The aesthetic is very much an important element in the philosophy of Confucius. The aesthetic is beautiful and good and as poetry can yield such manner so should man’s comportment. What by some interpretations may seem as mere etiquette is much more deeply an issue of aesthetic gratitude and respect. It is one of the key elements to his idea of a harmonious order. Such an order included a special relationship to and serving of the spirits. He maintained that he had a special relationship to Tian, the Zhou deity referring to sky or heaven. He acknowledged its changing status and relationship over time, pre-dating the Zhou, and acknowledged the ‘existential’ dilemma in such change, yet maintained a balanced interpretation in which man is subject to the parameters set forth by the Tian though is a free agent within those parameters and responsible for his actions. Therefore, there is an aesthetic, moral and social co-mingling order that ensures the highest order of harmony, which can be effected through li (ritual propriety). One must learn and perform properly and at the proper time for the greater good.
Through li one can cultivate and master the idea of ren (compassion, or the loving of others), a core component of his thinking. Together this involves deprecating oneself as opposed to being artificial in making the appearance of a better impression: to be true and sincere to oneself is to take care of the other as well; to master self-discipline not as a form or self-repression but as a way to accommodate both the self and the other. Such is enacted in the performance of li, and not as mere obligation, but precisely as sincere devotion: “look at nothing in defiance of ritual, listen to nothing in defiance of ritual, speak of nothing in defiance or ritual, never stir hand or foot in defiance of ritual.”
The importance of such comportment is as well, and clearly as could be no other way, integral to the operations of political life. While he deemed that the elders and the learned are to be respected and honored, that in fact the best practice of ren is through the devotion and respect of one’s elders, he was keen to make aware that such filial propriety is not to be abused. There is no ruler who is essentially “better” than a peasant, and the former should never take for granted the latter. As is true for the social is true for governance—self-discipline through compassion and the love of others.
As well, the system of governance should follow a hierarchy, as does the notion of li in a familial setting such that a legitimate and honorable hierarchy is established and respected as it (when it) collectively adheres to the harmonic order of li and ren. This theory takes on the name of zhengming, in which the principle forms of government have their appropriate names and corresponding behaviors. “Good government consists in the ruler being a ruler, the minister being a minister, the father being a father, and the son being a son.” This notion of adjudication is considered essential, as the devolution of governance is believed by Confucius to take place in the devolution of one’s place and the attributes and performance of one’s position.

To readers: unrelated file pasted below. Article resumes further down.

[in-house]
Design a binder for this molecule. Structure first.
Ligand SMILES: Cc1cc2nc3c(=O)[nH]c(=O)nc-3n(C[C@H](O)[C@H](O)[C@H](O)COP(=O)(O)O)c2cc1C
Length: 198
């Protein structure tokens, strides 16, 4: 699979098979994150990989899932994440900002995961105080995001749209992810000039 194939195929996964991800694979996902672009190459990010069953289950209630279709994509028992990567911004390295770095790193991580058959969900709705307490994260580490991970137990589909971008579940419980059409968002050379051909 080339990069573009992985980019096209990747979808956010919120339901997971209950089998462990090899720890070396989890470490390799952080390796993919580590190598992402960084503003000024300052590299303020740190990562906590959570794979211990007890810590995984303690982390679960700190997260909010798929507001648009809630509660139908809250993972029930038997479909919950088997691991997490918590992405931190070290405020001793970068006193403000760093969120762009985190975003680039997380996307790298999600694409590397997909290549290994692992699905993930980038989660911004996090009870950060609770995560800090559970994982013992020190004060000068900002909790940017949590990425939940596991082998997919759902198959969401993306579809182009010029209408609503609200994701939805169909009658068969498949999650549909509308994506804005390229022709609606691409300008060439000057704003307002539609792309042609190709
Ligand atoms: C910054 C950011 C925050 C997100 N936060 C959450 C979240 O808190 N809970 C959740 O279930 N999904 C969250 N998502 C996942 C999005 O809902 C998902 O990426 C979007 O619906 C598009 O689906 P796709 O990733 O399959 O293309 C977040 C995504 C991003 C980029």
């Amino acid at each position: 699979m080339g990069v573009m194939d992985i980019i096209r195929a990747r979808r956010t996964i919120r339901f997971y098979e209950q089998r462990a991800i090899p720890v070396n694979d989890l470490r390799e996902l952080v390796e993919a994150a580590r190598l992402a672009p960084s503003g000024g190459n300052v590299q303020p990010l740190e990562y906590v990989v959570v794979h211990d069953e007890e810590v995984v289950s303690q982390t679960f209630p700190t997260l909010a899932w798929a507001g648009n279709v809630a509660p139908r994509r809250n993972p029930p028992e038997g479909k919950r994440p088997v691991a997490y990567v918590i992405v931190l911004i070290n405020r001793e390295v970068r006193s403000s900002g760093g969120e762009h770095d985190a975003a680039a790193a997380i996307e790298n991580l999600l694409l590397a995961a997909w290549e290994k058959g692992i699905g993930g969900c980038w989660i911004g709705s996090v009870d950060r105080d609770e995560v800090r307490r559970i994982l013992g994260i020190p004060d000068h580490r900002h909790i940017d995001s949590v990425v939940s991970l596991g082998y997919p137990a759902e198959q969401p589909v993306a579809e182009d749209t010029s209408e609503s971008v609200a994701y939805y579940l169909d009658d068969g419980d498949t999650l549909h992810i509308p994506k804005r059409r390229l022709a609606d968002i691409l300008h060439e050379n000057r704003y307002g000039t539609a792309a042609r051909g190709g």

Proper, ideal governance is, above all else, dependent upon de, or virtue. It is a moral force that incorporates the performance of li and the presence of ren. The ceremonial, in this context, is far from pomp and circumstance, but rather a sincere activation of virtue, which has the effect of performing governance. Confucius spoke of such in defiance of acts of aggressive force or imposition of law and law enforcement, which would be antithetical to the force of morality. As he states: “If the people be led by laws, and uniformity among them be sought by punishments, they will try to escape punishment and have no sense of shame. If they are led by virtue, and uniformity sought among them through the practice of ritual propriety, they will possess a sense of shame and come to you of their own accord.” Virtue, metaphorically, leads on its own accord.
Confucius, himself, did not become officially involved in politics until the age of fifty. Under Duke Ding of the state of Lu, Confucius was first appointed Minister of Public Works, which was then followed by the position as Minister of Crime. Apparently, he was forced to leave his position in the ministry of the Duke due to conflicting desires of the nobility of Lu or perhaps the Duke himself—the exact reasons are not clear. He did take leave, or some have said in exile, and traveled with some of his disciples through the other neighboring states of Cai, Chen, Chu, Song and Wei. He apparently sought positions in the ministries of these states yet was unsuccessful. In 484 BCE he returned to his home state of Lu and devoted the rest of his life to teaching.
The Analects give us most of what we know about Confucius and while Confucius claimed to be a mere transmitter, scholars agree that he in fact did much more than transmit and in fact it is his interpretations, expansions and departures that honored him with such a lasting reputation. His teachings were evolutionary, radical and enlightening. His legacy has had long lasting and far-reaching impact in both the eastern and western traditions. He is an amazing figure in history and in legend as the two can never be separated and it speaks to his almost magical presence in the history of Chinese thought. His age of death, seventy-two, was itself a magic number and again leaves open the uncertainty of what is true and what is retrospective mythologizing. It has been convened that the thinker was under recognized in his time yet his legend, and more importantly his teachings, lived on. At the end of the 4th century, Mencius was to say of Confucius, “ever since man came into this world, there has never been one greater than Confucius.”